Monday, November 18, 2013

Word etymology

So the other day, my husband asks me, "What do you think is the connection between the words hysteria and hysterectomy?"

Do not even ask why he was thinking about such a thing.  Just pray for me.  And for him.  Yes, pray for both of us.  Please.

I told him, "Look it up on the computer.  Look under the word etymology, and you will be able to find out."

I've been curious myself, since then, but it was not until today that I finally remembered to follow up on it.  I used (this is my credit to them... not up to MLA standards, but I am not trying to steal any information from anybody).

HYSTERECTOMY is from the Greek word "hystera" which means womb, and the Greek word "ektome" which means a cutting out.

Then I looked up HYSTERIA, which gave me no information.  However, it pointed me to the entry for HYSTERICAL where I found that HYSTERICAL comes from the Latin word, "hystericus," which comes from the Greek word "hysterikos" which means of the womb, suffering in the womb, from "hystera," the Greek for wombOriginally, the word HYSTERICAL was defined as a neurotic condition peculiar to women and thought to be caused by a dysfunction of the uterus.  The usage of the word HYSTERICAL to mean very funny began around 1939 and comes from the notion of uncontrollable (read: mentally unstable) fits of laughter.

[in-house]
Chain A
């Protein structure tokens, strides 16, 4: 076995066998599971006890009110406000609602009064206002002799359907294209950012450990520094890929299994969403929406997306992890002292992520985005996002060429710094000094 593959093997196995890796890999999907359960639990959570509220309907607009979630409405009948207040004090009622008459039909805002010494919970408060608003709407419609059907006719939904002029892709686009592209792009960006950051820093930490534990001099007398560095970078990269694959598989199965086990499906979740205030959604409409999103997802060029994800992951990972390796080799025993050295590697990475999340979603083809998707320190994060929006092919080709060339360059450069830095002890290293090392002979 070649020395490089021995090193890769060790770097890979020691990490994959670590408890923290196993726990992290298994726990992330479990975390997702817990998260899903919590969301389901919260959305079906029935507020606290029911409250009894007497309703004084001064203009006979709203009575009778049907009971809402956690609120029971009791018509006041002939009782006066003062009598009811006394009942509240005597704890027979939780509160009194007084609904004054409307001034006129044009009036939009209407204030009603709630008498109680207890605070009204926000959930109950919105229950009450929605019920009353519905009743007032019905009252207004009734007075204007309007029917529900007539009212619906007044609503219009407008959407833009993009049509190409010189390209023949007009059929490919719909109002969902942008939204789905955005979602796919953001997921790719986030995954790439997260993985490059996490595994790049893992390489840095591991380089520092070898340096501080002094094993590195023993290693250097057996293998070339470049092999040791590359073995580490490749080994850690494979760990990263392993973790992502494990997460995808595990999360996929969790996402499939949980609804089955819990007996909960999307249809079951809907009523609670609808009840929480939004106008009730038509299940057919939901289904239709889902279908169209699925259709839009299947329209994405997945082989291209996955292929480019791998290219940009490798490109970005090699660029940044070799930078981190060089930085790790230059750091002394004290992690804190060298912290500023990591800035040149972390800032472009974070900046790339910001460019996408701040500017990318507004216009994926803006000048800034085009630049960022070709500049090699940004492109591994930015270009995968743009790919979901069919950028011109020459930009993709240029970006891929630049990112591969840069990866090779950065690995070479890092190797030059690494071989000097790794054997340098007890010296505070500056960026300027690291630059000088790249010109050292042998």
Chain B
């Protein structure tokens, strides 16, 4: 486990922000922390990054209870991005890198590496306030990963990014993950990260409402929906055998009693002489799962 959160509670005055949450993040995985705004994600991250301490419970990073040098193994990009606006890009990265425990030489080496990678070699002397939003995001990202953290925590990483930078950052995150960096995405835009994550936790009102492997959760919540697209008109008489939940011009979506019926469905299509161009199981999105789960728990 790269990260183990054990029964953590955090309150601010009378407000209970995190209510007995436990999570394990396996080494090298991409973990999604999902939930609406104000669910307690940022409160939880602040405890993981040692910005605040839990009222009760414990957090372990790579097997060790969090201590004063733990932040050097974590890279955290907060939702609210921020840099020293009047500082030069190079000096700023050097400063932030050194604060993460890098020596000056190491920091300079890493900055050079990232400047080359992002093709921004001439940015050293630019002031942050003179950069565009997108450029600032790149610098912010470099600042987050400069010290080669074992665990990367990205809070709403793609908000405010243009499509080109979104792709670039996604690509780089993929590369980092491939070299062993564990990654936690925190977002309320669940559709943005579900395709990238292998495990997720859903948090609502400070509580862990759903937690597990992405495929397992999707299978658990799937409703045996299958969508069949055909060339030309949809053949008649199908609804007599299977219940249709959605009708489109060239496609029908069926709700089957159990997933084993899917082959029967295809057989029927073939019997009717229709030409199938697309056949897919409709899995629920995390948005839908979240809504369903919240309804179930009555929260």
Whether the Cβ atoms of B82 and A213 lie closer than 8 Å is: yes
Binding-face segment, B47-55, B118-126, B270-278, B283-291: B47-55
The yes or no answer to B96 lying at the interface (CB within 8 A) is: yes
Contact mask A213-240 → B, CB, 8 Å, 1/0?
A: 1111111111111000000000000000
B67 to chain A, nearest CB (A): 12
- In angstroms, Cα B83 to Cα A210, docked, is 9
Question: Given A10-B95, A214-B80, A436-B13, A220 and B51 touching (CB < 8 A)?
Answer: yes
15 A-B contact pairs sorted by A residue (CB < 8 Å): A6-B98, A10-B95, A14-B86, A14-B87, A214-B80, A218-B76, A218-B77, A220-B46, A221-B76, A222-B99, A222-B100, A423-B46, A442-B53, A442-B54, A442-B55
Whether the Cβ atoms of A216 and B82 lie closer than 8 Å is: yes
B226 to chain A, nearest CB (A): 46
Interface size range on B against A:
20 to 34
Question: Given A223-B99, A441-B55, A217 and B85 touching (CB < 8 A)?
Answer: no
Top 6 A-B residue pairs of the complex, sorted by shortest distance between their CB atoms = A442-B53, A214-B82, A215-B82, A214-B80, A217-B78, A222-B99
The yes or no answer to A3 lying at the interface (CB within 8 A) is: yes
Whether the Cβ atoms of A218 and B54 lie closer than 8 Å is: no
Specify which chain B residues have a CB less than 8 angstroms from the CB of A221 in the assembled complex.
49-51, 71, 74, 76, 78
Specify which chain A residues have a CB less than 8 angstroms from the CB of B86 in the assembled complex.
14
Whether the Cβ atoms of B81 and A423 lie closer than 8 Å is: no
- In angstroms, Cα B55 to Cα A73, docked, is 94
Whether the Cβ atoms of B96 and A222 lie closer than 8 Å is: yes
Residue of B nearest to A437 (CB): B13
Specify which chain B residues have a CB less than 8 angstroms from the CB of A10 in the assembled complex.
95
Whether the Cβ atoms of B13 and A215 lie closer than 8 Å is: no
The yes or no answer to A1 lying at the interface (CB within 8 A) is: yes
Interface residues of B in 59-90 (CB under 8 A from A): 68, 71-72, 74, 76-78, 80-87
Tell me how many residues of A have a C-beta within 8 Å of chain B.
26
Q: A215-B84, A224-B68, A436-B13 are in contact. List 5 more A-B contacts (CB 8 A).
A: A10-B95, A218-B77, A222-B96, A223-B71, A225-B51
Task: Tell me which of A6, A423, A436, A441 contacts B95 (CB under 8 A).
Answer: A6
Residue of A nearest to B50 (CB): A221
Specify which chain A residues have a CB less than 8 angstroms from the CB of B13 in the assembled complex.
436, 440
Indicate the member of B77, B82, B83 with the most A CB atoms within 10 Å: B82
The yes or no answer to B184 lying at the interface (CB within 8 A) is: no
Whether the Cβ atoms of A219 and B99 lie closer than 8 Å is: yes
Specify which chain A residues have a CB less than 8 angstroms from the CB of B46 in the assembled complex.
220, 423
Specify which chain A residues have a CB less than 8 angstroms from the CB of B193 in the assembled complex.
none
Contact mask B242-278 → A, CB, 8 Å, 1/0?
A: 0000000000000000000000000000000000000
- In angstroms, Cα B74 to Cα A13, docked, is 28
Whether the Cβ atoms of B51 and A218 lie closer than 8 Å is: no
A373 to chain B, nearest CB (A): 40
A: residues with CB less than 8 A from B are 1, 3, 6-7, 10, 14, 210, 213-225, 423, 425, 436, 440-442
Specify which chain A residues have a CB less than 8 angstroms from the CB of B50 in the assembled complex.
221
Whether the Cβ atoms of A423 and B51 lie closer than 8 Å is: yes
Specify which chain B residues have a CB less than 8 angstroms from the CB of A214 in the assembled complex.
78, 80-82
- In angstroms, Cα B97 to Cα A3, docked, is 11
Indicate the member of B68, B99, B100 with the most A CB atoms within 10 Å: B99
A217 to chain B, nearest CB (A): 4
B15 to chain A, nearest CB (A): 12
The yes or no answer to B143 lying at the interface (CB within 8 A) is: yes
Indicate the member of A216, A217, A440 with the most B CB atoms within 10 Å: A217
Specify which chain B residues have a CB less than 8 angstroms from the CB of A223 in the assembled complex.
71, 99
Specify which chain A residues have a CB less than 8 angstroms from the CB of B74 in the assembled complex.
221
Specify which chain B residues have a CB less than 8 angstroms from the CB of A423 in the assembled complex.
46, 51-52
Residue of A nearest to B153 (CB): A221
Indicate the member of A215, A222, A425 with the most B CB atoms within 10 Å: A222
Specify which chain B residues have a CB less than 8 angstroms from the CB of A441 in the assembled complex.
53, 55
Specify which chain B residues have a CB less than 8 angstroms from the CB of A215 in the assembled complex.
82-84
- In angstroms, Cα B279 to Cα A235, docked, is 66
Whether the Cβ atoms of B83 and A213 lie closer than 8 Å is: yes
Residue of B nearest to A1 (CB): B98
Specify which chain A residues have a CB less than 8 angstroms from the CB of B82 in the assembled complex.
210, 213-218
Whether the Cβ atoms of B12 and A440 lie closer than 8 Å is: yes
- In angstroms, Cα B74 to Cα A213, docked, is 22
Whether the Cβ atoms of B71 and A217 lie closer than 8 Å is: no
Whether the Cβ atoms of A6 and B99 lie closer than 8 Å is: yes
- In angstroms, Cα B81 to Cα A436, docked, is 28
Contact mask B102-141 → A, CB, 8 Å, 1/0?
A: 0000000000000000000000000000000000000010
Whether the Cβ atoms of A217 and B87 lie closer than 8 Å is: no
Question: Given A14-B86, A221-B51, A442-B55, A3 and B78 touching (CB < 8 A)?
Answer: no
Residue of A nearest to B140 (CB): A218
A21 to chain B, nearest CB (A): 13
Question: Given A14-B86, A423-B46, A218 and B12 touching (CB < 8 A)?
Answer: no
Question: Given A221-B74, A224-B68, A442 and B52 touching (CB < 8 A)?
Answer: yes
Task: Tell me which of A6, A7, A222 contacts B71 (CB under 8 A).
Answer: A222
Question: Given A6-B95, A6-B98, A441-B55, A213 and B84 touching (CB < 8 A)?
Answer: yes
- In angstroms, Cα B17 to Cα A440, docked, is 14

I am not sure whether to take umbrage at this, or whether to accept serenely that unstable emotions and womanly complaints have been associated and connected for hundreds of years.

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